The Studio 29: Shout-Out to Stephanie!

by Tim Alatorre

0029-Shoutout_to_Stephanie

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Nicholas Williams, B’Arch ’06, CM minor, M’Arch, and owner of nicholas WILLIAMS; develop + design + build talks about his latest projects and why he doesn’t have a desire to get his Architect’s license.

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Show Notes

Site News

  • New Facebook Fans
    • Jeremy J. Steinmeier
    • Joel Chapin
    • Michaelle Goodman
    • Stephanie Burton

Cal Poly News:

General News

Rapid Fire Questions

  • Cal Poly or Berkeley? CP
  • Autocad or Revit? Sketchup
  • Parallel bar or T-Square? Nothing, he doesn’t like straight lines
  • Facebook or LinkedIn? Facebook
  • Arch Record, Arch Digest, or Architect? Residential Archtiect
  • Drafting dots or tape ? Dots
  • Yellow trace or white? Yellow
  • Ad Markers or Prisma? Prisma
  • Pen or Pencil? Pen
  • Mac or PC? PC
  • What’s the Meaning of Life? show-up ?? (is that what he said??)

SCORE: AV152A-B

Interview

  • What has he been up to after graduating from Cal Poly?
  • Working on Remington Court inspired him to go out on his own and he has 6 projects now
    • He now works with Robert Dunner Rowon Ogden, a general contractor who owns sunrise construction
      • (correction 9/1/2010, Rowon Ogden is a graphical designer Nick works with)
    • http://sunrise-cd.com/profile/about-us/
    • He’s doing projects that he loves and seeing them actually get built
  • Advice for others thinking of going out on their own
    • It’s scary at first but it takes time and dedication
    • The economy is forcing many people to make that decision, but that could be a really great thing
    • It’s not rocket science, it’s building, so once you start thinking like a builder you can do it, it’s like an erector set
    • Once you understand how to build it you can try to build it for less, push the envelope
  • His Railyard project:
    • It’s a speculative project, and the banks aren’t really loaning to these types of projects
    • Even though banks aren’t giving as much as they used to it could be a good thing to challenge designers to do more with less
  • Observations of the economy and current state of things:
    • It’s a matter of survival right now, but maybe only the strongest will survive
    • It’s a great time for architects because people are recognizing that architects create value
    • Even if you aren’t working, go out and be a laborer, have a good attitude and learn from everything you’re doing
    • Watching a building go up is an education in itself, regardless of the perspective that you see it from
  • Currently working towards licensure? progress?
    • No, he’s not licensed and he’s not seeking it right now
    • He can do a lot right now without a license
    • He would love to have his license, but at the same time he can do a lot that architects can’t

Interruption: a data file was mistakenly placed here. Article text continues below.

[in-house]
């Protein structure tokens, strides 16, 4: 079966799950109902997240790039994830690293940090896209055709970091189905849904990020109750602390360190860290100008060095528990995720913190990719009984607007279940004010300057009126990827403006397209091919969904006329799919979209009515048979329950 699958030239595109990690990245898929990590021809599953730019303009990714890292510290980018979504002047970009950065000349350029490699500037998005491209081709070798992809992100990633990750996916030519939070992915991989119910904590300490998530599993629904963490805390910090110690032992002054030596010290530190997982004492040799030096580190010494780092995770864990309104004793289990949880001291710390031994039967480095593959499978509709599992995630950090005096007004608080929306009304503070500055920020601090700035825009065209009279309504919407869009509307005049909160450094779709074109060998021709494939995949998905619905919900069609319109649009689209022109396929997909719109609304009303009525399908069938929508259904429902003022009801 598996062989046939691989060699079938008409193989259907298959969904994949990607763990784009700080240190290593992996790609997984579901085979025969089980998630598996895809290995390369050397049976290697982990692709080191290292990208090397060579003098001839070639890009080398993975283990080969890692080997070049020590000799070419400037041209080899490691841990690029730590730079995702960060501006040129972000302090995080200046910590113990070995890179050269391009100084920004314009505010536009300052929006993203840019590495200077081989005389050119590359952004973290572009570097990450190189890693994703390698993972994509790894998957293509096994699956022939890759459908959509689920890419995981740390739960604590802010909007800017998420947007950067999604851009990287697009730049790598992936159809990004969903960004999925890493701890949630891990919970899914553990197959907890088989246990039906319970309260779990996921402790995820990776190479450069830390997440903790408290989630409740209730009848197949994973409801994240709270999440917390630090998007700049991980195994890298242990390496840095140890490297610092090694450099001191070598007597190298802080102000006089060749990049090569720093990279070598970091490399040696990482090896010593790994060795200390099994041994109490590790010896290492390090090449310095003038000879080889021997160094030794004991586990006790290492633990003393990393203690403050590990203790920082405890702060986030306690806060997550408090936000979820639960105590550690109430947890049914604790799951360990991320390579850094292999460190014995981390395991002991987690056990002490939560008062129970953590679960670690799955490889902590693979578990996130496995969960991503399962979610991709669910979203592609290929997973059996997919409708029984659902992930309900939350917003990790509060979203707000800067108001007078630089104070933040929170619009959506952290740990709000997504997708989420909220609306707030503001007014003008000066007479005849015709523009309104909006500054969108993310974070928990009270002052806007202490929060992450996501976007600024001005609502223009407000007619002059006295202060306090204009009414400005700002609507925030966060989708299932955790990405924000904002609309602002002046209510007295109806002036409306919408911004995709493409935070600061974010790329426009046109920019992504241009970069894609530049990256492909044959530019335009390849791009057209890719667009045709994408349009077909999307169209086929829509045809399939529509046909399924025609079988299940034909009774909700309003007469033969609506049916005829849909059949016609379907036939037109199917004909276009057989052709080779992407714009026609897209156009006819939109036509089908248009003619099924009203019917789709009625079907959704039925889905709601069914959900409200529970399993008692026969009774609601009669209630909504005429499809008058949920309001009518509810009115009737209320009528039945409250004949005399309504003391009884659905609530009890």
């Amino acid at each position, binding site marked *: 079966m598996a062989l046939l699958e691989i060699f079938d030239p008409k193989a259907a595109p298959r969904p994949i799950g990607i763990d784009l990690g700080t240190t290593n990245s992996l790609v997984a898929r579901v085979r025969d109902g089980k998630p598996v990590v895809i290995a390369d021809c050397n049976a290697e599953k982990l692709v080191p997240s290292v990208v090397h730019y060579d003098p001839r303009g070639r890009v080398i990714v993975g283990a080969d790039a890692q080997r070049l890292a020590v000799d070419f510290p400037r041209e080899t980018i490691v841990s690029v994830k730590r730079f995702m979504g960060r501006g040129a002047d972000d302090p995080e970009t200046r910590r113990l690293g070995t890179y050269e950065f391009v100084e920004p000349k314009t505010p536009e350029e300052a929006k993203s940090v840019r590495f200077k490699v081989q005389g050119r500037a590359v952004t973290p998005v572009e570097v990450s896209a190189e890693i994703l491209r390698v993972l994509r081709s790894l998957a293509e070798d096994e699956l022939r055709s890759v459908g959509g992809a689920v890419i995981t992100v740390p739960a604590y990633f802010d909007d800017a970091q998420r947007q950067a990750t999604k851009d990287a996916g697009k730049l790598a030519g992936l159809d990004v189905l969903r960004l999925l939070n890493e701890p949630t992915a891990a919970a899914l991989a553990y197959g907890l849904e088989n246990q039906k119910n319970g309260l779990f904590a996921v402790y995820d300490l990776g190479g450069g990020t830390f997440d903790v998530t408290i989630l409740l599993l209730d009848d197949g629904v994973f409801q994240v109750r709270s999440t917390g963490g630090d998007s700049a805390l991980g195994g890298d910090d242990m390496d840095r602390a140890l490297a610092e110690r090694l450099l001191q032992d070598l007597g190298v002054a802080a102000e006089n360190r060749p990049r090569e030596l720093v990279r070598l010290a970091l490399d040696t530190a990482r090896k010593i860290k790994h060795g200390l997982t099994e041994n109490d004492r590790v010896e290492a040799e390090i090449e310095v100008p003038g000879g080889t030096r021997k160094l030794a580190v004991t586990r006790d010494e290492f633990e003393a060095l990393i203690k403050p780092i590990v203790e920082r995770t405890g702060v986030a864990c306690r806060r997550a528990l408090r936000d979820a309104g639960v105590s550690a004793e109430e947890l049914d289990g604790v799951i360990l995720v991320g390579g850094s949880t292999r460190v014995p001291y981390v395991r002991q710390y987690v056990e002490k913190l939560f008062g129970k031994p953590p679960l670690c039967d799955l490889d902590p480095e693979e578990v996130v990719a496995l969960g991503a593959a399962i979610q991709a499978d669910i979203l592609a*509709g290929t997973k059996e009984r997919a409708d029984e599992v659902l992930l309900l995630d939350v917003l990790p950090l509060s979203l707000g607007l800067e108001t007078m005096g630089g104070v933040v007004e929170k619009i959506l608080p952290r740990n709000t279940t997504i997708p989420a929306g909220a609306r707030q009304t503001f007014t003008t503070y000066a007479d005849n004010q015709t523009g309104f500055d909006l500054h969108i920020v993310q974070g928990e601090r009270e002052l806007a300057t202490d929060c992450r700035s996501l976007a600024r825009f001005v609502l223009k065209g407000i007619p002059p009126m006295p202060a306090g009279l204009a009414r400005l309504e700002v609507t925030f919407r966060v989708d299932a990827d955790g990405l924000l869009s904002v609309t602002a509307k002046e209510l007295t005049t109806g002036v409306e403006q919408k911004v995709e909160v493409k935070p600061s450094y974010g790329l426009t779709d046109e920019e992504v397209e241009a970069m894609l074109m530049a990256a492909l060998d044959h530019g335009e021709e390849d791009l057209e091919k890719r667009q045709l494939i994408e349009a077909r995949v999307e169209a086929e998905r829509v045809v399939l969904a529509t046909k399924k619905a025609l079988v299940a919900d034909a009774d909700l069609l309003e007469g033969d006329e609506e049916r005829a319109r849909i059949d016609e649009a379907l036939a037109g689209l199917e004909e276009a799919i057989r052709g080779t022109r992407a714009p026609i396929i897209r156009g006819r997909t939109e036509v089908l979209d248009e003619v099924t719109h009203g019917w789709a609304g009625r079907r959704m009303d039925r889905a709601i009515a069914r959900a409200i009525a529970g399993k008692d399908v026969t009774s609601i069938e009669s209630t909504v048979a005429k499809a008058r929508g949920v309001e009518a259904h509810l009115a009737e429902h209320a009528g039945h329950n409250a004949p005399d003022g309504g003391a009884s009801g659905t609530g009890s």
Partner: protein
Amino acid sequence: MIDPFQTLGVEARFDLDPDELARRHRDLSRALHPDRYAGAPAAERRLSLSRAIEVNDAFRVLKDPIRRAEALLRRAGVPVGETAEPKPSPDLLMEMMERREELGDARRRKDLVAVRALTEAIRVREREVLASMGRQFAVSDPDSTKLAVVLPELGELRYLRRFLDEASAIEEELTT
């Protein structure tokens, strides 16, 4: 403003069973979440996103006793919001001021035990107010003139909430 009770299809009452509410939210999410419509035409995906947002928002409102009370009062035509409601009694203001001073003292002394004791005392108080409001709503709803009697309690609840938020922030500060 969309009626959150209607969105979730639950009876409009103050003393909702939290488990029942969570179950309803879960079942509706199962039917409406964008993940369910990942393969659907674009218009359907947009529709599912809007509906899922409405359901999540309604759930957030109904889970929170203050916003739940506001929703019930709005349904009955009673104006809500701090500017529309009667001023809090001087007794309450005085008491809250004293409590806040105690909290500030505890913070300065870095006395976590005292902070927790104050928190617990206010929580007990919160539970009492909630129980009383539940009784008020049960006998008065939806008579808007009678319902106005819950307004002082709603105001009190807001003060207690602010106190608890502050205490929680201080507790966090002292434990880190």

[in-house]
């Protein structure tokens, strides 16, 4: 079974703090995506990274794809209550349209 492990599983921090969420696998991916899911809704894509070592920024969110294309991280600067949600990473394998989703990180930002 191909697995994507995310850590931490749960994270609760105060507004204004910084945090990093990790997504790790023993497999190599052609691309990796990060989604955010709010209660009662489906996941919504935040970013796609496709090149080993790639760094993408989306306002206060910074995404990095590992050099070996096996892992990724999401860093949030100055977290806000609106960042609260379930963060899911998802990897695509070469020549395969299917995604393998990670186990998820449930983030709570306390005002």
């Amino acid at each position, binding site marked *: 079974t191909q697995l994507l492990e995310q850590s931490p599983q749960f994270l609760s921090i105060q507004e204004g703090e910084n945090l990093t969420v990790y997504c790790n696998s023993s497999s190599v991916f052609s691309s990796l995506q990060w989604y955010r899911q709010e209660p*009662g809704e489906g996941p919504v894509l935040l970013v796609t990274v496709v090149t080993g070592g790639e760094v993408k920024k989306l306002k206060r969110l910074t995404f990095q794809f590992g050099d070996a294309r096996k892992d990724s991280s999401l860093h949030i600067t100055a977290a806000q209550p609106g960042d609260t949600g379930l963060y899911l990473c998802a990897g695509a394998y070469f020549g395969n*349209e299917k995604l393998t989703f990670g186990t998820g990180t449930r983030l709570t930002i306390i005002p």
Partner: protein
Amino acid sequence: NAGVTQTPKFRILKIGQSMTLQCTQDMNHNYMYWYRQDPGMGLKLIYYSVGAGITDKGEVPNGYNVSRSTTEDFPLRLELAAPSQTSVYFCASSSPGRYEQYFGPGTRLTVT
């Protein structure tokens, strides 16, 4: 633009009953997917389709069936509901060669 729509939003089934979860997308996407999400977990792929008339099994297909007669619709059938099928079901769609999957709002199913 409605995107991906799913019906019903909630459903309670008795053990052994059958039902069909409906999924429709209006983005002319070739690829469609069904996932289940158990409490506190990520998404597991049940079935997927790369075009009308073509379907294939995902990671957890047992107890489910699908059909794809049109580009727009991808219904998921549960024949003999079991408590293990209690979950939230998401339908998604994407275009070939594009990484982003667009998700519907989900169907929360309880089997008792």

• Plus there are the issues of liability, and he doesn’t want to be sued 20 years down the line
    • A stamp on a drawing is liability, everytime you stamp a drawing you’re adding more liability
    • When you’re working with a great engineer they may take that risk from you based on your Errors and Omissions insurance
    • The buildings we create are greater than we are individually, there are many people that are involved and take part in creating and building them
  • Getting the Square Footage cost down is a big part of what he’s doing, what are some strategies
    • Optimal Value Enginnering (OVE) Framing, Advanced Framing: placing studs at 24″ on center saves your 33% on the cost of wood. You have to line up every joist with the stud, plus you get more insulation with the decrease in studs, there’s other strategies of streamlining and cutting out wood from the framing.
    • Manage the site well, sequence things, manage the people working so there is more efficient time spent doing the hard labor.
    • Having a trusting relationship with a great contractor, having a good buisness relationship is being able to bring something to the table that the other person doesn’t have.
  • What were factors that helped him get to where he is now, how did Cal Poly prepare him:
    • Cal Poly was a great foundation for what he’s doing, but he highly recommends the Woodbury program
    • Learning about the business of developing and building is really key
    • Being in the construction industry in general helped
    • The biggest part of what makes you successful is being able to talk to people from all walks of life
  • There are other ways to achieve sustainable design that don’t involve LEED
  • Words of wisdom:
    • Don’t be scared
    • Working in a huge firm they have huge projects to cover their overhead
    • You can do things for less when you go out on your own
    • Develop relationships with good people
    • People want champagne on a beer budget, many clients want to do more than they can afford.
    • It’s a business, we all want to do great buildings, but we have to get them built
      • Value Engineering is the bane of our existence
    • Learn Spanish
    • A lot of architects come on the jobsite and they don’t understand how the building goes together
  • Final thoughts on Cal Poly
    • More nails and studs rather than theory!

About the Author


Tim Alatorre